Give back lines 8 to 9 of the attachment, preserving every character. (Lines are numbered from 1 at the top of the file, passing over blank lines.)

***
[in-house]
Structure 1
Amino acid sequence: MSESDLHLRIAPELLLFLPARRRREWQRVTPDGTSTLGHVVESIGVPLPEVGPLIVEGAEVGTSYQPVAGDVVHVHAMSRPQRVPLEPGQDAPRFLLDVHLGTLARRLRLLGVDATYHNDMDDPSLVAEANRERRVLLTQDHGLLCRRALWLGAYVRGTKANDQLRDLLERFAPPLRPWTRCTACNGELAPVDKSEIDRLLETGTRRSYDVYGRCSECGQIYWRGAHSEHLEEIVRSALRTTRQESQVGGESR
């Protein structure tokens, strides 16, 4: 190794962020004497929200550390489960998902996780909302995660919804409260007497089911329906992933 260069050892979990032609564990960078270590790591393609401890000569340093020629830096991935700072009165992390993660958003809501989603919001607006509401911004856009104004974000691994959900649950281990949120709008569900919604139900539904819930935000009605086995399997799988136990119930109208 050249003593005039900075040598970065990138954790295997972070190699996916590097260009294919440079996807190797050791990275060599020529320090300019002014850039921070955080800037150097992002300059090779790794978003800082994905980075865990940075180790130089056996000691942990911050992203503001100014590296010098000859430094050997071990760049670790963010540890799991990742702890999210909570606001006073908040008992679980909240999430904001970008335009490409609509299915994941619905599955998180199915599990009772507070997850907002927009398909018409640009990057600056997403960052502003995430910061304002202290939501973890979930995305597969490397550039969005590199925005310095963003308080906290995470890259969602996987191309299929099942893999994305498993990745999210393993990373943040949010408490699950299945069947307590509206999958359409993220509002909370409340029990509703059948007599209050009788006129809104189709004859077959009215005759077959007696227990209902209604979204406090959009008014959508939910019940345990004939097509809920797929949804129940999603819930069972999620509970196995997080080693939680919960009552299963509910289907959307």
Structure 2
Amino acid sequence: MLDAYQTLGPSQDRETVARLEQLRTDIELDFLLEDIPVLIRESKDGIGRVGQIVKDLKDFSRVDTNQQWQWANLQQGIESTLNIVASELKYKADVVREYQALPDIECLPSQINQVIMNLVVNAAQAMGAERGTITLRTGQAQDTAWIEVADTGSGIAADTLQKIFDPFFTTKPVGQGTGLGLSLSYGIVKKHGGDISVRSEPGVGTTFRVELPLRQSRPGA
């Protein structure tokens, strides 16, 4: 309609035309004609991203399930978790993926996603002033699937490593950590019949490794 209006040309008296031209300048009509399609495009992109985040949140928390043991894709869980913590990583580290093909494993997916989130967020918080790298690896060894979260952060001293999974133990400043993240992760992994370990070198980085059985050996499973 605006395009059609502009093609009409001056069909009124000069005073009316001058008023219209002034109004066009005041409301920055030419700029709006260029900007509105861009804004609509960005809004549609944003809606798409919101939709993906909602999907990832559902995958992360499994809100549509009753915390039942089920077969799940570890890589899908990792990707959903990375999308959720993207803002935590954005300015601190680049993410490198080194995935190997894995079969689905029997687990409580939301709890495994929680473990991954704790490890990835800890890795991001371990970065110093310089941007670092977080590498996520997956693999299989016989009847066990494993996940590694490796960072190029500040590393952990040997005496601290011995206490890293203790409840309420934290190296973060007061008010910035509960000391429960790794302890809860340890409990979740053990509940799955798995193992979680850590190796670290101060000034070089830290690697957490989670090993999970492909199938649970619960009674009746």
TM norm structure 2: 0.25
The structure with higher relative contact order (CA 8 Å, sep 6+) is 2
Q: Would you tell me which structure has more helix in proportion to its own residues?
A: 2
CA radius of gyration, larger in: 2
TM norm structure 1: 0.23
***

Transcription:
TM norm structure 2: 0.25
The structure with higher relative contact order (CA 8 Å, sep 6+) is 2